The August Winds are blowing.
Local opinion in Robertson has it that the "August Winds" might blow from July right through October. In that case, the word "August" should be interpreted as the classical adjective, not a seasonal (or monthly) descriptor.
The Macquarie Dictionary says: "august - adjective - dignified and imposing, calling forth the utmost respect; grand; majestic."
There is nothing dignified about holding one's hat onto one's bald head, I can assure you.
However, I can accept the "utmost respect" part of the definition. Certainly, in windy conditions such as today, it is appropriate to watch out for fallen tree branches, as one drives the country roads of the district.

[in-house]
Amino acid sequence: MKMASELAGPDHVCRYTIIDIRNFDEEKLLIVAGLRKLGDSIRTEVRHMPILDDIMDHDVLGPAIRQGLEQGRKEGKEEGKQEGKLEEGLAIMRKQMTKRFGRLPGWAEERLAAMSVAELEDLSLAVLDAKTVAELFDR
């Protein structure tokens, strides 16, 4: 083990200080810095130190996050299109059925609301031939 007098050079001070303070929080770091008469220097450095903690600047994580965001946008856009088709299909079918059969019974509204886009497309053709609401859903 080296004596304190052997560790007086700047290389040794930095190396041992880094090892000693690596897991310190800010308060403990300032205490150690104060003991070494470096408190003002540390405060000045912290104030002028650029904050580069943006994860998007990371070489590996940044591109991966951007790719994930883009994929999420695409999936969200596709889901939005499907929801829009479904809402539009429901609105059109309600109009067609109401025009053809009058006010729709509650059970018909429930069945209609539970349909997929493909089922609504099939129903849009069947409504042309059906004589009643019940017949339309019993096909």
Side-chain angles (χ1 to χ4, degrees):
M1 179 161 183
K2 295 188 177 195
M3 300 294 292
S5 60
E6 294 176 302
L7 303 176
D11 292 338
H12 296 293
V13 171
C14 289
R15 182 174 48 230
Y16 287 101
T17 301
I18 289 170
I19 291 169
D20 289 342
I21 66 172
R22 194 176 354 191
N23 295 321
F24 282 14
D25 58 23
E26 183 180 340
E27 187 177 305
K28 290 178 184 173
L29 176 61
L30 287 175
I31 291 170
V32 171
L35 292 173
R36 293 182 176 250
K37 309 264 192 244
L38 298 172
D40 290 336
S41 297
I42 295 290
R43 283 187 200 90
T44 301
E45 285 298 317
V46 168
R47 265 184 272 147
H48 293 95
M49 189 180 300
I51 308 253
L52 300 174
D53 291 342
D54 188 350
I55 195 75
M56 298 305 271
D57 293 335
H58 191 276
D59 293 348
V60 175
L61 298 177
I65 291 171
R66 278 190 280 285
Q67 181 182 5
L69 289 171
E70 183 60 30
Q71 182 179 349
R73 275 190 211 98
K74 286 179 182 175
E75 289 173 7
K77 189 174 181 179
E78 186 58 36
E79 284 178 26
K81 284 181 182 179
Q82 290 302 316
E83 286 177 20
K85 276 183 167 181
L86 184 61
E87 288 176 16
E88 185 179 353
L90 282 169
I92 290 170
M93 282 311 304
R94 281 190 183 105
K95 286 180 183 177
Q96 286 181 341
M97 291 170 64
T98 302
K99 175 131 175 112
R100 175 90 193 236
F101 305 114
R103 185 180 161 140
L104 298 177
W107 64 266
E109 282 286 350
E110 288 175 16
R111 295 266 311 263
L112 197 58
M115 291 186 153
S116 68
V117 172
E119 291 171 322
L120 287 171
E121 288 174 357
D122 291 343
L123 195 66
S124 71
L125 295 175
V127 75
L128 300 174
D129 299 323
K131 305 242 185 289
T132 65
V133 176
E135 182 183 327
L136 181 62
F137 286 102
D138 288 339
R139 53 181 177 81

I have not noticed whole trees down, just yet - that usually happens when these winds coincide with rain, which softens the soil, and loosens the roots.
Astute observers will note that these are Eucalypt trees, not Robertson's rainforest trees. Rainforest trees are mostly denser in their foliage, and greener in their colour. The crown of Eucalypt trees tend to be open, allowing wind to pass through easily. The young tree in the top image shows that characteristic well. The second tree has been pruned, and these branches are re-growth.
Today's images come from Welby, the very early settlement near Mittagong. It happens to be where the Road Transport Authority has its Southern Highlands office, where I had to go today to register my car.